2021Book Review Essay: “Conversations with Lacan: Seven Lectures for Understanding Lacan” by Sergio Benvenuto
Review of Benvenuto, Sergio. Conversations with Lacan: Seven Lectures for Understanding Lacan. New York: Routledge, 2020. Pp. 198
2021Book Review Essay: “The Writing Cure” by Emma Lieber
Review of Lieber, Emma. The Writing Cure. Bloomsbury Academic, 2020. Pp. 160.
2021A Response to Calum Neill’s Review of “The Writing Cure”
Dear Calum Neill, Thank you for reading my book, even though, as you point out, you don’t know me, or know why I wrote it. Given that premise of non-knowledge, what we have at our disposal is writing, and reading. And so I would like to respond to your review as a reader, to attempt to point to some of the assumptions and ideologies undergirding your writing (and reading), and as a way …
2020Book Review Essay: “Psychoanalysis, Clinic and Context – Subjectivity, History and Autobiography” by Ian Parker
Psychoanalysis, Clinic and Context – Subjectivity, History and Autobiography by Ian Parker London and New York, 2020, 208pp.
2020Book Review Essay: “Conversion Disorder: Listening to the Body in Psychoanalysis” by Jamieson Webster
Conversion Disorder: Listening to the Body in Psychoanalysis Jamieson Webster (New York: Columbia University Press, 2018) 312 pp., £32.00 (hardcover), £32.00 (e-book)
2019Book Review Essay: “Intimacy and Separateness in Psychoanalysis” by Warren Poland
Intimacy and Separateness in Psychoanalysis by Warren S. Poland With a preface by Nancy Chodorow. Edited and introduced by William F. Cornell Routledge 2018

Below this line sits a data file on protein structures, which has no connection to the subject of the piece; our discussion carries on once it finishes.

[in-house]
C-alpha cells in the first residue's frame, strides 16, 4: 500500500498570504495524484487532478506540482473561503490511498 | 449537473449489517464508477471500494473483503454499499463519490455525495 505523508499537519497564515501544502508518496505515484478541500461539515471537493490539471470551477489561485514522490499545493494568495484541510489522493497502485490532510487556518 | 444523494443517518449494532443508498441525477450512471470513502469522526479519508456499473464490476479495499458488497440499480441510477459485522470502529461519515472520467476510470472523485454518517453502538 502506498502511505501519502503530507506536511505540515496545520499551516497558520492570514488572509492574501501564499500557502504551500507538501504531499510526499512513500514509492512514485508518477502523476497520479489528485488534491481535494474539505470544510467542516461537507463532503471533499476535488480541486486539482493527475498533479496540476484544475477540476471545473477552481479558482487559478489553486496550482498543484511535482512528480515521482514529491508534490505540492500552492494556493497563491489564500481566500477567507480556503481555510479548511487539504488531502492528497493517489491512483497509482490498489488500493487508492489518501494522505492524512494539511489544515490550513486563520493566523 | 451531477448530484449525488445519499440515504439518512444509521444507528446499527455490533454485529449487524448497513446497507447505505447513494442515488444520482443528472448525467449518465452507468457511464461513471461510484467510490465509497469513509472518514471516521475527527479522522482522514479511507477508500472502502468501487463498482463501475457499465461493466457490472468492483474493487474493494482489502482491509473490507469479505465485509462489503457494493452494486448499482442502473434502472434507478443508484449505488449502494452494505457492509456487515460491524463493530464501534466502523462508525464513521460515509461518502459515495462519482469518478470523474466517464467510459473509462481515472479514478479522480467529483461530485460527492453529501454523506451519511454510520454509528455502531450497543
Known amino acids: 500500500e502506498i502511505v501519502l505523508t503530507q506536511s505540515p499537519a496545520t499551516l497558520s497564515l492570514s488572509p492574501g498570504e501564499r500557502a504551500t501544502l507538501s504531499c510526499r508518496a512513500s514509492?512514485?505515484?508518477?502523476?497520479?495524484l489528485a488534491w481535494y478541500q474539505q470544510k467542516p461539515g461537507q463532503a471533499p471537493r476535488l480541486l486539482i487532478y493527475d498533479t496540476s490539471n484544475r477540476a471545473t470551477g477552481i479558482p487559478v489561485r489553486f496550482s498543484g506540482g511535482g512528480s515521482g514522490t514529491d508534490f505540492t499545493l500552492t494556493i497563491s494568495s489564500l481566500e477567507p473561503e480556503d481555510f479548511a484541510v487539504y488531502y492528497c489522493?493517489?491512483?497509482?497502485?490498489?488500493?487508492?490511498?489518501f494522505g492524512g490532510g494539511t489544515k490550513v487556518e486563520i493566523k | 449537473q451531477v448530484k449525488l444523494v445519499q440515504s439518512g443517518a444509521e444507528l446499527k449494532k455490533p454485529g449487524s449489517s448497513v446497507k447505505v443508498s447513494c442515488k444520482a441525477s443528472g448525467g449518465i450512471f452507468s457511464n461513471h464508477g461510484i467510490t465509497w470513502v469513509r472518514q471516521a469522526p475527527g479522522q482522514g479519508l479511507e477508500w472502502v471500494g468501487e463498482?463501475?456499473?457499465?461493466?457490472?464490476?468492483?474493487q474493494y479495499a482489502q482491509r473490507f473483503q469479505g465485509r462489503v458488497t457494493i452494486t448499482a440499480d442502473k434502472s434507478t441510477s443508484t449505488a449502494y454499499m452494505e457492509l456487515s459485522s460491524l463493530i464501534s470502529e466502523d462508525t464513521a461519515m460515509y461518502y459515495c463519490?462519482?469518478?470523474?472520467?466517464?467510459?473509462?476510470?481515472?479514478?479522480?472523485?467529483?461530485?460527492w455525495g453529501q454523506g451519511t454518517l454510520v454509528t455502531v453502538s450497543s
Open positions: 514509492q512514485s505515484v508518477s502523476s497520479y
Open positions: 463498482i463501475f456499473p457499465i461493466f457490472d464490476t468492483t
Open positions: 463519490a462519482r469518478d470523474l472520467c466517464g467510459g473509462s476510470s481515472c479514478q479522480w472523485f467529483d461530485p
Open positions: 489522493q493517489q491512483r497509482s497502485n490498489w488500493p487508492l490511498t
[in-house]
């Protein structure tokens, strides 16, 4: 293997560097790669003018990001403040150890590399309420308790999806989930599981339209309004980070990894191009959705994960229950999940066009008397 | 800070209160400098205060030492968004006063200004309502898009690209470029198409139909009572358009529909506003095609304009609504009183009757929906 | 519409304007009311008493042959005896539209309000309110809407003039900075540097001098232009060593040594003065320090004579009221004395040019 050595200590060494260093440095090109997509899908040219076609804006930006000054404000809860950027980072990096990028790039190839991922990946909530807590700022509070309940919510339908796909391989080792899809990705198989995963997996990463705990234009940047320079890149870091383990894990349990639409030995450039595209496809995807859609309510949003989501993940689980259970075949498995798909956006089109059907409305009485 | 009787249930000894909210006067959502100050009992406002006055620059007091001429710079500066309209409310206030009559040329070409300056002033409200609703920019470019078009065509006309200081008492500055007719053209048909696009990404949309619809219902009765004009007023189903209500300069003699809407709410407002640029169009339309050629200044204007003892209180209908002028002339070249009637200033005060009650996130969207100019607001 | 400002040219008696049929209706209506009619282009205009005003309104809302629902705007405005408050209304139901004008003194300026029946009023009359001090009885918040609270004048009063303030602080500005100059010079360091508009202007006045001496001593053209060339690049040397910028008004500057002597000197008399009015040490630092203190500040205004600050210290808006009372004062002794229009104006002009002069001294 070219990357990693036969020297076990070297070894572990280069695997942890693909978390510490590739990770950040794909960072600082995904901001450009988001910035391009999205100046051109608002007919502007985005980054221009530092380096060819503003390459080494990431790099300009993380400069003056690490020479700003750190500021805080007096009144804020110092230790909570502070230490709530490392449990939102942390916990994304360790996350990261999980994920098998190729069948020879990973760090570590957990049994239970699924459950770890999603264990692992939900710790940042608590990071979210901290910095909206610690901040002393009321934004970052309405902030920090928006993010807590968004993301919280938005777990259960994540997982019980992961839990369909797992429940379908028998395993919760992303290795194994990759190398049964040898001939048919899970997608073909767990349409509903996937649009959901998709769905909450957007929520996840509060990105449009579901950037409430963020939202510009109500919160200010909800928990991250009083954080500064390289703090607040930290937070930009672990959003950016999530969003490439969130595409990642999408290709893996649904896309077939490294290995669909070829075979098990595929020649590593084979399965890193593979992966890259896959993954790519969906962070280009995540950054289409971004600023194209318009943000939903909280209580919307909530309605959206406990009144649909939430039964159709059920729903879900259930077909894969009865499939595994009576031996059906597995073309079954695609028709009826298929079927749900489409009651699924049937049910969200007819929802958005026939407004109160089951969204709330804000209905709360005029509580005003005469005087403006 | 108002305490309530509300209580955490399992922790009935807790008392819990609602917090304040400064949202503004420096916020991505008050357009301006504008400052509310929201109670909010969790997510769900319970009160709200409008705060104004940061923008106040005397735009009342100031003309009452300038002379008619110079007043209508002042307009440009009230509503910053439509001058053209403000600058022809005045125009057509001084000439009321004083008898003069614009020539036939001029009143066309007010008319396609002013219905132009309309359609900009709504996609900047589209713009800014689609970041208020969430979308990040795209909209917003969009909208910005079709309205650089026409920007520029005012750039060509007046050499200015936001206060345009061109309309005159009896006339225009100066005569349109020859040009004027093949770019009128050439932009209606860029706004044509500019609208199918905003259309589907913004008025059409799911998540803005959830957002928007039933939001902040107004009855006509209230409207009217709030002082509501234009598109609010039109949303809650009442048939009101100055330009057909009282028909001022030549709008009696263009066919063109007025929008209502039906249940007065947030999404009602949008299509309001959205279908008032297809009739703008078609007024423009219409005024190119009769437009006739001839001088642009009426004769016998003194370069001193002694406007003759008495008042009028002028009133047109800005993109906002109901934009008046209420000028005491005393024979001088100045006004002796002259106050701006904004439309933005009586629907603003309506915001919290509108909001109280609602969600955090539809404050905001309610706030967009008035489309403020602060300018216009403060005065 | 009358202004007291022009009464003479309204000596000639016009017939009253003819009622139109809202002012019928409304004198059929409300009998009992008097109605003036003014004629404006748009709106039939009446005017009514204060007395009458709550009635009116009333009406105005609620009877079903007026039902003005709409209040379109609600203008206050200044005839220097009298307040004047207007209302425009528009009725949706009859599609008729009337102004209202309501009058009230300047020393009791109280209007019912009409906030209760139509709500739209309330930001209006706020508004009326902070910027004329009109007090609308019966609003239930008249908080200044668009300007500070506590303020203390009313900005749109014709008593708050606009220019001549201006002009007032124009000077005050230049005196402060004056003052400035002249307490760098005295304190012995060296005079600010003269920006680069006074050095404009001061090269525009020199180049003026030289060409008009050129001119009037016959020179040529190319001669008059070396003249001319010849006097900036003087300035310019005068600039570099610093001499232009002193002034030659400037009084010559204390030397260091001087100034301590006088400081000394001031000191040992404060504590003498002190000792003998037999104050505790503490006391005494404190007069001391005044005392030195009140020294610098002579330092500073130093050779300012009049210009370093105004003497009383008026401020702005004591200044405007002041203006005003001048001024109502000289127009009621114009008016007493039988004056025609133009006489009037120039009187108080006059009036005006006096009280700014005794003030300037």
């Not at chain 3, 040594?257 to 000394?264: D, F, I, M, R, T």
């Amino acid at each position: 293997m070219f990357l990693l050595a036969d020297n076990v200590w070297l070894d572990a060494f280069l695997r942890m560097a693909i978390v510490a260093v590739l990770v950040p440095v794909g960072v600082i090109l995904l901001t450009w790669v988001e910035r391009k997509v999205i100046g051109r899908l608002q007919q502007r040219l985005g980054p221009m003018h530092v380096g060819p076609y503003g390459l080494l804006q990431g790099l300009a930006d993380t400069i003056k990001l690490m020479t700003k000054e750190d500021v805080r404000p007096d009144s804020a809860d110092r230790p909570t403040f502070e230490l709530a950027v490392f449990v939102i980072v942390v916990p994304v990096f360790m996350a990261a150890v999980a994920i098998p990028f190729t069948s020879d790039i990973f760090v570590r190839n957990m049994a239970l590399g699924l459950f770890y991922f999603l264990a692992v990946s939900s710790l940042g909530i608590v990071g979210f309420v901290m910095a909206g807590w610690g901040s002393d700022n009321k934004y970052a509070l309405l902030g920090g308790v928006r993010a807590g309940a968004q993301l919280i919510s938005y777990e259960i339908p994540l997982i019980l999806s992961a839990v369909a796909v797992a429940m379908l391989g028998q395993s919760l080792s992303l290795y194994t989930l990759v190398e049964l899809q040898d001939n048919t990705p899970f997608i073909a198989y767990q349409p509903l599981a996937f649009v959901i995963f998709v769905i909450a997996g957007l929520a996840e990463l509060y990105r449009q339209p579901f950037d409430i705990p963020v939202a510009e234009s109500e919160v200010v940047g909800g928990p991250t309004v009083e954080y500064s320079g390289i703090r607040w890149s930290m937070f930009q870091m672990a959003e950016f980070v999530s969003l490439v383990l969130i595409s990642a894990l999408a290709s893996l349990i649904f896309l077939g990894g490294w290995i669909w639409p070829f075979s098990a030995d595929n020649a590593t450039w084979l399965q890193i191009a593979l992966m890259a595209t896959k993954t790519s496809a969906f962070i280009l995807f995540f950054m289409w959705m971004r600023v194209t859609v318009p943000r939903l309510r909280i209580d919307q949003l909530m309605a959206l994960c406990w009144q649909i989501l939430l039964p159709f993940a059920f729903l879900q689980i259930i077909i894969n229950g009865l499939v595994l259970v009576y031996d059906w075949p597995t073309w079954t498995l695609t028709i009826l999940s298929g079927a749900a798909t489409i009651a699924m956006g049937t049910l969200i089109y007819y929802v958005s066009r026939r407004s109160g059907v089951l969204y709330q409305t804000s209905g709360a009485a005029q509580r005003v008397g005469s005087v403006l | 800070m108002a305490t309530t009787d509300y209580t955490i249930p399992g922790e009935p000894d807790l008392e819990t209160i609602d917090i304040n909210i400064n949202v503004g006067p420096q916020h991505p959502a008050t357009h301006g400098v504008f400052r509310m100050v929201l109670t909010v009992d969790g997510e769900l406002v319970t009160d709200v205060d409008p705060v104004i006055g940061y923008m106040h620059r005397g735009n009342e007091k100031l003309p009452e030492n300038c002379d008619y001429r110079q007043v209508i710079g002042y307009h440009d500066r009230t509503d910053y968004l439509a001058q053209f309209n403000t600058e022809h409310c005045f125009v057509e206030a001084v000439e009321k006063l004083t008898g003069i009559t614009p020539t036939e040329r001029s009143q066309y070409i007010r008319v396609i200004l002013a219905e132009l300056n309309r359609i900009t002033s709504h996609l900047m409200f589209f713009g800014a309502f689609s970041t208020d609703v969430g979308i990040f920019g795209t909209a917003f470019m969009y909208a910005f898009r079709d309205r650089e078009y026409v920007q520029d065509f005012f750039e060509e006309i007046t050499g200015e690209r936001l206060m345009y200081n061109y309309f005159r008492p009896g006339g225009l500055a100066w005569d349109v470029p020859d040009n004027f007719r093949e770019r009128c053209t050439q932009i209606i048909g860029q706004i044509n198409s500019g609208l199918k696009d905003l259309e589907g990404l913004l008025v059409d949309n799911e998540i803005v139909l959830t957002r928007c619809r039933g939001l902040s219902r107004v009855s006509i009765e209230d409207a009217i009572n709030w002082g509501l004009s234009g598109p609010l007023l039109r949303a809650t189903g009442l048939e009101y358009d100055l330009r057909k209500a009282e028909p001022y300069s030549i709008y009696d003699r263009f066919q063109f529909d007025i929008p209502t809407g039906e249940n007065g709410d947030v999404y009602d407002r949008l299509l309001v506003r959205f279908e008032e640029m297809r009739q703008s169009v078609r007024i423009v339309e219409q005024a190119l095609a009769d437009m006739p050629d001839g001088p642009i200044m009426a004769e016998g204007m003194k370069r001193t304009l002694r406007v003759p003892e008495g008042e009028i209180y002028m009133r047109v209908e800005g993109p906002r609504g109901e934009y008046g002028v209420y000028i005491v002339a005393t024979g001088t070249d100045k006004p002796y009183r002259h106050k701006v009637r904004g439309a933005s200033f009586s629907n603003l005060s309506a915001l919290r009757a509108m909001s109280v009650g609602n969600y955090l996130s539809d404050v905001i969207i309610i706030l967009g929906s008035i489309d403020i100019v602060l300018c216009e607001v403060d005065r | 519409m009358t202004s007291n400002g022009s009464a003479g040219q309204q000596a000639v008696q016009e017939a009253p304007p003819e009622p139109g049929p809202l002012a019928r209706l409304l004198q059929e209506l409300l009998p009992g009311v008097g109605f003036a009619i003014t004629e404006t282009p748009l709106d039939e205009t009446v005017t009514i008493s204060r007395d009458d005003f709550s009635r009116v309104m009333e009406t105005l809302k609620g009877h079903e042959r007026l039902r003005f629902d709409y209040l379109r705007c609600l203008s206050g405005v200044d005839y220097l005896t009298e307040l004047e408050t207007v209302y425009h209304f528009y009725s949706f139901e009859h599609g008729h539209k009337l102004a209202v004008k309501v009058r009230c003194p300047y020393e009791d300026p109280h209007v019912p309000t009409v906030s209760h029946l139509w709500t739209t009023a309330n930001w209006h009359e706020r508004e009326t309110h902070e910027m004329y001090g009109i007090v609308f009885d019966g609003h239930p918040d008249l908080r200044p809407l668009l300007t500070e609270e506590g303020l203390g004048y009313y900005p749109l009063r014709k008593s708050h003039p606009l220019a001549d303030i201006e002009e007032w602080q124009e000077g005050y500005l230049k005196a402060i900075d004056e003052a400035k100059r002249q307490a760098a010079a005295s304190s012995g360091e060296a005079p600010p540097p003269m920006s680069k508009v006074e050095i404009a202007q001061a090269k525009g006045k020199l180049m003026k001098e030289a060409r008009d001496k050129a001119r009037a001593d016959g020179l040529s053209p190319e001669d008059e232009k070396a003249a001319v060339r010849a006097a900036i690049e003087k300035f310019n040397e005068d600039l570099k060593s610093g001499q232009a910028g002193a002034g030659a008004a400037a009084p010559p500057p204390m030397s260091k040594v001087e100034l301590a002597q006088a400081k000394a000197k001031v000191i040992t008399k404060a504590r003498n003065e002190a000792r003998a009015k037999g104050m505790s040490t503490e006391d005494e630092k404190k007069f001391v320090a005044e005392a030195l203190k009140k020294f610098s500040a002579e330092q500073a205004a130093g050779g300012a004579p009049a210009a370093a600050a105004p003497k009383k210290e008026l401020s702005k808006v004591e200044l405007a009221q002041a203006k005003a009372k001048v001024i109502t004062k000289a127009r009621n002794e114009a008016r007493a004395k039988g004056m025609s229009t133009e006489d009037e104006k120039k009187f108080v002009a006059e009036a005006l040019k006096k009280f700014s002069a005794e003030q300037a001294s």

2018Book Review Essay: Para-Ontology and the Truth of Incompleteness, on “The Not-Two: Logic and God in Lacan” by Lorenzo Chiesa
Review of Lorenzo Chiesa: The Not-Two: Logic and God in Lacan (MIT Press, 2016, 251+xxiii pp.)
2017Book Review Essay: “On the Pleasure Principle in Culture: Illusions Without Owners” by Robert Pfaller
As the contemporary moment witnesses unprecedented levels of neoliberal horrors, Robert Pfaller makes the utterly compelling and refreshing argument that pleasure may be our strongest weapon of opposition. With uncompromising philosophical rigor, Pfaller brilliantly elucidates how under-appreciated psychoanalytic insights pave a path for combatting the hegemony of asceticism, in which societies zestfully pursue prohibitions and limitations to their pleasures. Such passionate concessions not only limit our capacity for experiencing pleasure, but also interfere with our ability to resist the increasingly repressive encroachments that threaten our social and political wellbeing.
2014Book Review Essay: “Waiting for the Barbarians” by J. M. Coetzee
Since its inception political theory, insofar as it has been concerned with the subject in democracy, has treated the subject as citizen. The subject of citizenship in democracy is an abstraction: the legal identity conferred by belonging to a political community ascribing rights and status, a symbolic fiction. Citizenship coincides with belonging to a nation governed by state institutions, the nation itself a symbolic fiction. Yet even as a symbolic inscription that occludes the body that is its ground, citizenship is bolstered by imaginary fantasies and real dynamics: by identification with race, tribe, or ethnicity and with speakers of a common language and believers in a common religion; by being born in a territory and by inheriting a history. Participation in “the body politic” implicates an extra-political, extra-symbolic content to citizenship.